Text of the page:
Recently, the CBM team began real time machine health monitoring at Y-12, known as the Enterprise Operational Monitoring System. Now, more than 10,000 measurement points can be collected in three second measurement intervals, for analysis using the EOMS dashboard. The result is a robust graphical indication of machine health used to immediately identify the root causes of machine failure and prevent unplanned maintenance. Over time, data trending and patterns can be analyzed to better predict machine maintenance needs and further limit machine downtime.

“The EOMS project is a huge accomplishment for the Digital Transformation program,” said Jerry Stanley, lead for Digital Transformation. “By laying out real time monitoring solutions for CBM, we’re not only modernizing the state of our tracking and sensor operations, but supporting our mission long term with technology that’s industry standard.”

Posted: Monday, May 9, 2022 - 2:07pm

PrYde Program Manager Margaret Woods
PrYde Program Manager Margaret Woods shows off a Best Facility sign that recognizes Best Practices, one of two new inspection awards given quarterly.

Take 5 minutes and learn about Margaret Woods, manager of the PrYde Program at Y-12. All views and opinions are the employee’s own and do not necessarily reflect those of CNS.

Margaret Woods has gone from the classroom to helping Y-12 facilities be class acts.

Since 2019, Woods has managed the PrYde Program, which finds potential safety hazards, ensures the site’s good appearance, and promotes workplace pride. Before coming to Y-12, she sought to bring out the best in second and third graders as a schoolteacher in Roane and Rhea counties for 28 years.

“Teaching is a passion,” she said. “There are times when I miss it, but I was ready for a change. My audience has always been 7 or 8 year olds, so it was a challenge to start working with adults.”

Woods sees her qualities and experience as a teacher as strengths in her Y-12 post.

“As a teacher, you have to plan ahead,” she said. “You have to plan weeks and months out. Being organized is important, on a personal and professional level. You have to make the most out of your time and energy. And as teachers, we had to be creative with our resources.”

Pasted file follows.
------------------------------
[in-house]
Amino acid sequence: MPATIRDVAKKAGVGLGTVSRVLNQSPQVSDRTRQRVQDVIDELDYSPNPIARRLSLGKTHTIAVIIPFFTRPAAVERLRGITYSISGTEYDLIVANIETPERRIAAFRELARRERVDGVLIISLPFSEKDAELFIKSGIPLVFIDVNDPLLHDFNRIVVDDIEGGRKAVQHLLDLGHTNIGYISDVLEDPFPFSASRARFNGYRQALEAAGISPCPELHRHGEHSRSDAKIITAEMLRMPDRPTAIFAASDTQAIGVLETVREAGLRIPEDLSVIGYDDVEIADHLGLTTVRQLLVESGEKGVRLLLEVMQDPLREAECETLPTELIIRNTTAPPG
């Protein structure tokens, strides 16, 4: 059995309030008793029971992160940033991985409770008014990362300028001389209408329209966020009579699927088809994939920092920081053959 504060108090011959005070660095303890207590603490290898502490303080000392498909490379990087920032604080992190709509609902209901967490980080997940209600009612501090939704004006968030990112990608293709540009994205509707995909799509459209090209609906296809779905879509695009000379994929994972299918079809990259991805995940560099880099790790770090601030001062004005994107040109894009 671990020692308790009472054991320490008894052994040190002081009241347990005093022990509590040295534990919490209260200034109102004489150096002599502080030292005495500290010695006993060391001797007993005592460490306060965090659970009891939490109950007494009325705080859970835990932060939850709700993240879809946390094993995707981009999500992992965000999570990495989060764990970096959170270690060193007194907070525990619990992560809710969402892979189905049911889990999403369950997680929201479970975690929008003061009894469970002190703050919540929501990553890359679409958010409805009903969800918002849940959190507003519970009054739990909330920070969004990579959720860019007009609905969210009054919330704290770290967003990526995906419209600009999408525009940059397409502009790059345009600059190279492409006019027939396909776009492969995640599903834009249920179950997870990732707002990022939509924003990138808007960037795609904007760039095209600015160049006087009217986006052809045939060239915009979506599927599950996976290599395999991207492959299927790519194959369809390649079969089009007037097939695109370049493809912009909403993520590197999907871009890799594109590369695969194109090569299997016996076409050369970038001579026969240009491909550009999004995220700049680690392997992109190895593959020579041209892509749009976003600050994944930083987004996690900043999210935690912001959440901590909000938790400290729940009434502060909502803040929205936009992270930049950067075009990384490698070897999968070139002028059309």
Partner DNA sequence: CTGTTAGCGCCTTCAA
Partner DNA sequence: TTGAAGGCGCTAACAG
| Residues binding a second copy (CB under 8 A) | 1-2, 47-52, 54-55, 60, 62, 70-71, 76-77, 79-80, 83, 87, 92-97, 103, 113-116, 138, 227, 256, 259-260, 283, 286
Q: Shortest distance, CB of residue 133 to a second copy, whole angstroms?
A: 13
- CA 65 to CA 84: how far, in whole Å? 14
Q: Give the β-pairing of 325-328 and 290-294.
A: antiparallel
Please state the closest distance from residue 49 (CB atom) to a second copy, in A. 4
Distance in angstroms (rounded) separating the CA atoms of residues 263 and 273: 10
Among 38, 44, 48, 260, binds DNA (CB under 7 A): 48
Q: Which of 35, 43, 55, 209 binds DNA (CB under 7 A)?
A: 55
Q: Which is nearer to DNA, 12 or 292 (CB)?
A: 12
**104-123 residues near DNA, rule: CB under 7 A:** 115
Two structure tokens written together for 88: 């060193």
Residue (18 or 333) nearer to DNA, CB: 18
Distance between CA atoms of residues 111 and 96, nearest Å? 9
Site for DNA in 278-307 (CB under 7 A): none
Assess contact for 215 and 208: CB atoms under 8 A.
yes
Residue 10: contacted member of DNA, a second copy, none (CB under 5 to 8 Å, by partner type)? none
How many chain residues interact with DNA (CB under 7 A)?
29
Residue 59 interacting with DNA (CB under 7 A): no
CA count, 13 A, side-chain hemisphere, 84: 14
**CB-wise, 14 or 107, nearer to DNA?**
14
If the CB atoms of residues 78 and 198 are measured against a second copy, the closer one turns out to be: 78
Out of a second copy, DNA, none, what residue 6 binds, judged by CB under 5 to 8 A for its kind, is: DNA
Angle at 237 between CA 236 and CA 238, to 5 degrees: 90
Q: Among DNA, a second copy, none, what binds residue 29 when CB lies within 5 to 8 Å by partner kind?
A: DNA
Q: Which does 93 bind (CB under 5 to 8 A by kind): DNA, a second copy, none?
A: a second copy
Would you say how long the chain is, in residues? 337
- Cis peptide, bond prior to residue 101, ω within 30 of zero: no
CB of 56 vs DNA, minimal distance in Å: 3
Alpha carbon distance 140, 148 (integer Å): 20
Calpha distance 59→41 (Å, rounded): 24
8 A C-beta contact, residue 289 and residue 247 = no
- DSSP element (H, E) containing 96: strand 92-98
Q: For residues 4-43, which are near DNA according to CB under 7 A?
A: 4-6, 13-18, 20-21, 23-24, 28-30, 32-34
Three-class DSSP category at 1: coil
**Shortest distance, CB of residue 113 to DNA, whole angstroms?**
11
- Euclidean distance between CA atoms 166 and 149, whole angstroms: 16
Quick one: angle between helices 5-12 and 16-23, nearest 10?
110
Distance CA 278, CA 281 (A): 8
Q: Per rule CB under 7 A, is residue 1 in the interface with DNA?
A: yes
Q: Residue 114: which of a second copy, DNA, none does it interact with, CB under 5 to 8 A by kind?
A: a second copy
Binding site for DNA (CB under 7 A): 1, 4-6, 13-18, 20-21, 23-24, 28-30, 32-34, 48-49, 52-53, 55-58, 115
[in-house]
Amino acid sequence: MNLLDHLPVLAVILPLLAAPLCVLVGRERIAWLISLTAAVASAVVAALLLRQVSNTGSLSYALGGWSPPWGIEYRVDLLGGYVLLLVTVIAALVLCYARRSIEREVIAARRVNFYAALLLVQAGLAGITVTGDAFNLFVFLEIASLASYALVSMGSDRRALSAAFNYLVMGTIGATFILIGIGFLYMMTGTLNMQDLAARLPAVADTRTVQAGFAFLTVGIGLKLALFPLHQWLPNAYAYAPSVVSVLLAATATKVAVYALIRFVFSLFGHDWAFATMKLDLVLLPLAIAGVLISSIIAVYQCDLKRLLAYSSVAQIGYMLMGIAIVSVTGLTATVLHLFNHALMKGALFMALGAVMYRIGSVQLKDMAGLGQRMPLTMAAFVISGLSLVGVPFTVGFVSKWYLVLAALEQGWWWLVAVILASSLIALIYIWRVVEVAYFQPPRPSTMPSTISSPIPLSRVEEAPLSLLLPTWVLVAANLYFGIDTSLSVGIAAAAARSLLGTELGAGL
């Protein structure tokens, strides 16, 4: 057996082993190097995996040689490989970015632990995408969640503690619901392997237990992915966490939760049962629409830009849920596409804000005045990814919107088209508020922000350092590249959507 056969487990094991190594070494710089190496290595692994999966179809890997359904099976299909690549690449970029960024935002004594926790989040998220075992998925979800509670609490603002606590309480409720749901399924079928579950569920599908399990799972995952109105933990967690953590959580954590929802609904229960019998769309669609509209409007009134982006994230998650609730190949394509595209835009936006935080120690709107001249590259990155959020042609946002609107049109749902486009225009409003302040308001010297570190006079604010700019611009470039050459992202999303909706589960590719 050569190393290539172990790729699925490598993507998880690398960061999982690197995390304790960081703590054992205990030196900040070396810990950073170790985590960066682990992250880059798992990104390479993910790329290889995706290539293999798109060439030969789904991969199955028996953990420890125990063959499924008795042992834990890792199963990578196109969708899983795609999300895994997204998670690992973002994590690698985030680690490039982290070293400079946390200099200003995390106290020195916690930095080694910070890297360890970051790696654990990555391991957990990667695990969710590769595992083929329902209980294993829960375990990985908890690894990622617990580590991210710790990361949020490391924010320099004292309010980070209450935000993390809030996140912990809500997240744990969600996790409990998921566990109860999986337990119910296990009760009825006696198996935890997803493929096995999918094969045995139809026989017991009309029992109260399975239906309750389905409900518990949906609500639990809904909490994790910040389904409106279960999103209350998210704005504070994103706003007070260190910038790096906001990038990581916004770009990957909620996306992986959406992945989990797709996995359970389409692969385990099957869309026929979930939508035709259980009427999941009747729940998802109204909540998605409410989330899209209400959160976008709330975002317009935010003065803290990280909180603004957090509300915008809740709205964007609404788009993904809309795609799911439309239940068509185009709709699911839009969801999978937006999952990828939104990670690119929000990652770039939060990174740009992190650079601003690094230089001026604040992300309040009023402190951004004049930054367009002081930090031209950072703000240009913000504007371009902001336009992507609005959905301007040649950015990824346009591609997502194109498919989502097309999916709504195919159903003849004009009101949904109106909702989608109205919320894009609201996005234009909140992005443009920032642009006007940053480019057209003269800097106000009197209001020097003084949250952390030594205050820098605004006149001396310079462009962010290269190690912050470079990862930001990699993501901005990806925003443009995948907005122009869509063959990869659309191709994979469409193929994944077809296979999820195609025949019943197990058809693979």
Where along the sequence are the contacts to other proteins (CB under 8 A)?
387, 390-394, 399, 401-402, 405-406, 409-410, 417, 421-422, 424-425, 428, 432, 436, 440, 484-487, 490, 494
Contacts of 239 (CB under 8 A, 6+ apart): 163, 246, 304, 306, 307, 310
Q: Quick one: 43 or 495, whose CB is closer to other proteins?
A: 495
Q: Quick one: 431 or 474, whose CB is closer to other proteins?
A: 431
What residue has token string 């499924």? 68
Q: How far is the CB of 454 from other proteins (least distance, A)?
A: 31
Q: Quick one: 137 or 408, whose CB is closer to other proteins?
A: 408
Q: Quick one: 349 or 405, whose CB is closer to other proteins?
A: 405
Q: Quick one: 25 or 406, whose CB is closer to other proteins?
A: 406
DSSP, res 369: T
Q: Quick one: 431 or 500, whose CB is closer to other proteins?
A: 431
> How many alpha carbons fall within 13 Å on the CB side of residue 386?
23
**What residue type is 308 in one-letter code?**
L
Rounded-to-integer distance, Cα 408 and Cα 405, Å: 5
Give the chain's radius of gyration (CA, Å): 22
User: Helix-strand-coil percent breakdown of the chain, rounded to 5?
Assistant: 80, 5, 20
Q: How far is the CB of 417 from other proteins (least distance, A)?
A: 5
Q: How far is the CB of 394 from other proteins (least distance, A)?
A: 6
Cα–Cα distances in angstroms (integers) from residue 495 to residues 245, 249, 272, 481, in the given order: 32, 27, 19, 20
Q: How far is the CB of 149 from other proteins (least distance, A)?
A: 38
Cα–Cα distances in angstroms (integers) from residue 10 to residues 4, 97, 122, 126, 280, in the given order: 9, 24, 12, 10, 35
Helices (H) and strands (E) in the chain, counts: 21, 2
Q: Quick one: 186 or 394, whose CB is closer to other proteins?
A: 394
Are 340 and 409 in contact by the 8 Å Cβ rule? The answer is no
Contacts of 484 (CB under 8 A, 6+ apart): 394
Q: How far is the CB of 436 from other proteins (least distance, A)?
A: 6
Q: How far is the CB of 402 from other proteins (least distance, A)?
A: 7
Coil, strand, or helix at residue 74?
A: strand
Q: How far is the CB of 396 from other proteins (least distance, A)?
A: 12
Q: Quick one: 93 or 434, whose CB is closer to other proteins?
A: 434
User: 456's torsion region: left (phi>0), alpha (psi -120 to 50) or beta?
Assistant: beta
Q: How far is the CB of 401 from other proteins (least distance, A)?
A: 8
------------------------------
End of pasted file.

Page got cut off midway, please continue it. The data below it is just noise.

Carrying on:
Also, the Rockwood native is a self confessed neat freak, a perfect fit with the PrYde Program principle: A place for everything and everything in its place.

PrYde means “clarifying goals, editing the unessential, honing decision making skills, letting go of things that no longer support you, changing habits, and setting up viable, organizing systems,” said Woods, who also has 11 years of experience as a business manager. “It’s a process that requires time and patience and can be messy. But in the end, it will save time, energy, and money, while boosting safety.”

As PrYde program manager, Woods inspects 413 facilities in 15 zones on more than 800 acres. It’s about housekeeping on the highest level.

During the walk downs, “I look at every aspect of the facility. I look for trends, things that are common,” she said. “It could be ways to be more sustainable. A tenant’s office space may be cluttered with boxes. There may be leaks, which can cause water damage — mold. Equipment could be ruined by the water. Someone could slip and fall in a puddle. Collective little things can really add up.”

Inspections are performed annually. Woods visits 30 to 50 facilities per month. There are five color coded inspection ratings, which are calculated in a database. They range from Red (Unsatisfactory) to Blue (Excellent). In the middle is Green (Meets Expectations). Rating signs with the corresponding color are hung at the facilities after the inspection.

“Our goal is to have every facility be [rated] green or higher,” she said.

During the first quarter of FY 2022, 78% of the facilities inspected rated green or better. Last fiscal year, 84% of 413 facilities were at least in the green.